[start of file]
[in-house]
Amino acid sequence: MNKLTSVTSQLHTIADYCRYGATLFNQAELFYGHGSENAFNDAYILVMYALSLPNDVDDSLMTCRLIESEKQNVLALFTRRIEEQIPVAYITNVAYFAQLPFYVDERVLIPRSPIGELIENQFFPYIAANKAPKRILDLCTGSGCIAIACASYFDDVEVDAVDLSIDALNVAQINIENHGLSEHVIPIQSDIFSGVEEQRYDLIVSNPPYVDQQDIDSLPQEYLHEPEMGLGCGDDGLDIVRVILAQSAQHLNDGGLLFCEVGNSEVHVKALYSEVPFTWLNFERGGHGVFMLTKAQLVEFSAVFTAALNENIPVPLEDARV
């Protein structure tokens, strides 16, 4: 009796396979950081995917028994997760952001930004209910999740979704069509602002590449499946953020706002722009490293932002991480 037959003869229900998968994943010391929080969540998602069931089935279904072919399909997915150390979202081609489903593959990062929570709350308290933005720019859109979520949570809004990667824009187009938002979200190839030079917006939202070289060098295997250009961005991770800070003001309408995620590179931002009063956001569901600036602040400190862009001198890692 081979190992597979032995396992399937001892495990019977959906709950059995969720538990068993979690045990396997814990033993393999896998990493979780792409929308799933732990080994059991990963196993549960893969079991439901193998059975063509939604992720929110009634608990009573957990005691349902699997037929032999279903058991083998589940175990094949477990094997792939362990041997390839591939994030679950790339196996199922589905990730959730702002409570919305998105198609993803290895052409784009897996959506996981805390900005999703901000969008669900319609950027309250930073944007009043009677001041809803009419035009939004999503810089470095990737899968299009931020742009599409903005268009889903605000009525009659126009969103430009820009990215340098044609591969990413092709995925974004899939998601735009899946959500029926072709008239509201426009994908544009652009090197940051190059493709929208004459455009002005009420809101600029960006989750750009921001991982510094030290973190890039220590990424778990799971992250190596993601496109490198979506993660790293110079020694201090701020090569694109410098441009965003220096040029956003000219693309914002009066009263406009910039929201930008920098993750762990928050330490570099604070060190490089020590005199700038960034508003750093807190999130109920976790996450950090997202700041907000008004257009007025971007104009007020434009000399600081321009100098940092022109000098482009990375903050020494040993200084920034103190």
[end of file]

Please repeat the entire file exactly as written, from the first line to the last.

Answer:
[in-house]
Amino acid sequence: MNKLTSVTSQLHTIADYCRYGATLFNQAELFYGHGSENAFNDAYILVMYALSLPNDVDDSLMTCRLIESEKQNVLALFTRRIEEQIPVAYITNVAYFAQLPFYVDERVLIPRSPIGELIENQFFPYIAANKAPKRILDLCTGSGCIAIACASYFDDVEVDAVDLSIDALNVAQINIENHGLSEHVIPIQSDIFSGVEEQRYDLIVSNPPYVDQQDIDSLPQEYLHEPEMGLGCGDDGLDIVRVILAQSAQHLNDGGLLFCEVGNSEVHVKALYSEVPFTWLNFERGGHGVFMLTKAQLVEFSAVFTAALNENIPVPLEDARV
């Protein structure tokens, strides 16, 4: 009796396979950081995917028994997760952001930004209910999740979704069509602002590449499946953020706002722009490293932002991480 037959003869229900998968994943010391929080969540998602069931089935279904072919399909997915150390979202081609489903593959990062929570709350308290933005720019859109979520949570809004990667824009187009938002979200190839030079917006939202070289060098295997250009961005991770800070003001309408995620590179931002009063956001569901600036602040400190862009001198890692 081979190992597979032995396992399937001892495990019977959906709950059995969720538990068993979690045990396997814990033993393999896998990493979780792409929308799933732990080994059991990963196993549960893969079991439901193998059975063509939604992720929110009634608990009573957990005691349902699997037929032999279903058991083998589940175990094949477990094997792939362990041997390839591939994030679950790339196996199922589905990730959730702002409570919305998105198609993803290895052409784009897996959506996981805390900005999703901000969008669900319609950027309250930073944007009043009677001041809803009419035009939004999503810089470095990737899968299009931020742009599409903005268009889903605000009525009659126009969103430009820009990215340098044609591969990413092709995925974004899939998601735009899946959500029926072709008239509201426009994908544009652009090197940051190059493709929208004459455009002005009420809101600029960006989750750009921001991982510094030290973190890039220590990424778990799971992250190596993601496109490198979506993660790293110079020694201090701020090569694109410098441009965003220096040029956003000219693309914002009066009263406009910039929201930008920098993750762990928050330490570099604070060190490089020590005199700038960034508003750093807190999130109920976790996450950090997202700041907000008004257009007025971007104009007020434009000399600081321009100098940092022109000098482009990375903050020494040993200084920034103190």